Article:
Why Are Visual Tools Important for Business Analysis?

Visual tools, such as graphs or diagrams, can simplify information, making it easier to understand and analyze. This article provides an overview of some common use cases featuring visuals that are helpful for business analysts and others.

The author of this article is EPAM Business Analyst Julia Kasyanava.


Business Analysis is always about translating business concepts for technical experts and decoding technical jargon for business stakeholders. The importance of visual aids cannot be overstated. How would you effectively describe the online product ordering process to a client using only written or spoken methods? How would you explain to a developer the complex interactions between multiple objects when working on integration requirements? Let's be honest, not many of us like to read lengthy documents or listen to a long lecture.

Visualization can be the solution — an invaluable skill that every business analyst should acquire. It can ensure seamless alignment among all project stakeholders. When I say “visualization skill,” I mean the ability to transform information into diagrams, prototypes, schemas, maps, or any other visual aids that enhance viewer comprehension of the information.

Here are some of the online instruments that I use to create visuals:

Examples of cases when a business analyst (or other professional) can use visuals include:

  • Identifying and modeling current business rules;

  • Developing requirements for a new system or feature;

  • Documenting data relationships and flows;

  • Problem solving;

  • Learning; and

  • Time management.

Of course, these are not the only situations in which visuals can be helpful, but let’s focus on some of these cases.

Identifying and modeling current business rules

When working on project requirements, a business analyst should focus on the business rules and the business needs that the project aims to address. Failing to accurately identify these elements could impede the project’s goals, preventing it from bringing the desired value to the client.

What does a business analyst do?

Different types of visuals that might be used to represent business processes include:

  • Flowcharts or process diagrams: These illustrate the sequence of steps in a business process, helping stakeholders visualize how tasks are connected and making it easier to identify the sequence of actions. They can help the viewer develop an understanding of how a process is organized and communicate it to others.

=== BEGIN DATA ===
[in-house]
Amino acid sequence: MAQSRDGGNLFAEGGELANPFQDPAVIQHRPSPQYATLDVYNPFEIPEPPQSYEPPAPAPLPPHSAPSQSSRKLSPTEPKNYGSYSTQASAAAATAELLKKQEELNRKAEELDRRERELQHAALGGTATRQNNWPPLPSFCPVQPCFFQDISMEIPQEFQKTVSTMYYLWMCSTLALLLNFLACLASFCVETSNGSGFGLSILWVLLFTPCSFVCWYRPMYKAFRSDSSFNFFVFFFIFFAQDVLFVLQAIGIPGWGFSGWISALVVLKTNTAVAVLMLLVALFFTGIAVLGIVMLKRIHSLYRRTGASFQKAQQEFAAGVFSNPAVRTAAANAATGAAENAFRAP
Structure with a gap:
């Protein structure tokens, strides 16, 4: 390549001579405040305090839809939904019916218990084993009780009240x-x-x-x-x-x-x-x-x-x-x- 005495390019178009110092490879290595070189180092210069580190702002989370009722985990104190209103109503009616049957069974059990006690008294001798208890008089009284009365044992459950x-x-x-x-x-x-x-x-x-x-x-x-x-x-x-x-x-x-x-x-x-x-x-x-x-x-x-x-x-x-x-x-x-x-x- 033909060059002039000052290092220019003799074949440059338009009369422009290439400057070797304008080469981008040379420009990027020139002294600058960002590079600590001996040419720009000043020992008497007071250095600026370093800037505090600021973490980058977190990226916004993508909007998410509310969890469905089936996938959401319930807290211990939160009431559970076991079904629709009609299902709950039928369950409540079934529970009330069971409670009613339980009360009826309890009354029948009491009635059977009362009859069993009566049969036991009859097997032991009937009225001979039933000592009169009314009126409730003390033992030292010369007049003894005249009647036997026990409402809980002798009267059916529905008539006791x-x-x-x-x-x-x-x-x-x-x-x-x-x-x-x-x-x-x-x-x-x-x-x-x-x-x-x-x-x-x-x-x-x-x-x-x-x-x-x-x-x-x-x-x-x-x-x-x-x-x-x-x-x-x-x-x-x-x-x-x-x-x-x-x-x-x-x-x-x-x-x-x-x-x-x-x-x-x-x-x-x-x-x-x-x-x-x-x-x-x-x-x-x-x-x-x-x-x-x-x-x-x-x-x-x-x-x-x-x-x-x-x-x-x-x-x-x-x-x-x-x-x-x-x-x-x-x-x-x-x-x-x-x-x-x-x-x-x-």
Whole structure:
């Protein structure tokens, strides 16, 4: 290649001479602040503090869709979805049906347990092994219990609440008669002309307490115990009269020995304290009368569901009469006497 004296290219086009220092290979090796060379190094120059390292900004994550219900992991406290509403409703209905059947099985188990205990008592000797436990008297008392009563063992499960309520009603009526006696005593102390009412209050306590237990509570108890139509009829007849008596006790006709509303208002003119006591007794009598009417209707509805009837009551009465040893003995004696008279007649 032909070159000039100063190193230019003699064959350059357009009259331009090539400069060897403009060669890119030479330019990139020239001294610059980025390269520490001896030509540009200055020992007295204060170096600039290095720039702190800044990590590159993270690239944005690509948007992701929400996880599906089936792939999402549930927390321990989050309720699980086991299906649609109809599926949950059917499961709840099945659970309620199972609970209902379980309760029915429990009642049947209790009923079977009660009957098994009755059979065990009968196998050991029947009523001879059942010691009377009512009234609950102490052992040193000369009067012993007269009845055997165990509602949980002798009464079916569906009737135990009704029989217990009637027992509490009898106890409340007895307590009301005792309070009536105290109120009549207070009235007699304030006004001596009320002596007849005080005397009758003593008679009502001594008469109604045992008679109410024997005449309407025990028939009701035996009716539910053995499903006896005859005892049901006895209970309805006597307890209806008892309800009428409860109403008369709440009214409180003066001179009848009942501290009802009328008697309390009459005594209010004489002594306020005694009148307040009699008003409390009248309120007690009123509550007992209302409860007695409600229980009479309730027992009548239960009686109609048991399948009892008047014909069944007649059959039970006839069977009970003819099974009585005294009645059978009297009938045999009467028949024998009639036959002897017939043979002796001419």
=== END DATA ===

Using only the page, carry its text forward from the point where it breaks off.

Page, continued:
• Activity diagram (UML): I always use this type of diagram when I start working on a new feature. Business analysts analyze business processes, and an activity diagram can help represent the stepwise activities necessary to reach a certain goal. Activity diagrams are sometimes confused with flowcharts, but the difference is that activity diagram is a UML behavior diagram that represents the workflow of activities of the system. In contrast, a flowchart is a visual diagram portraying the step-by-step sequence intended to solve a particular problem.

  • Use case diagram (UML): These help illustrate scenarios in which a system interacts with people, organizations, or external systems. They don’t provide a lot of detail, but they offer a high-level overview of the actors and scenarios involved, helping business analysts stay on the same page as stakeholders and recognize potential business scenarios.

  • State transition diagrams: Business analysts use state modeling to describe and assess the potential states an entity can assume within a system. This includes how the entity transitions from one state to another, along with the events that can impact the entity while it is in each state.

Developing requirements for a new system or feature

When working on new requirements, you need to be able to answer many questions: Which stakeholders are involved? How should you prioritize the requirements? What is the scope of the feature? How are external systems involved? How should the UI look?

The answers to these questions frequently require active communication. The following instruments can help you to stay on the same page as your stakeholders: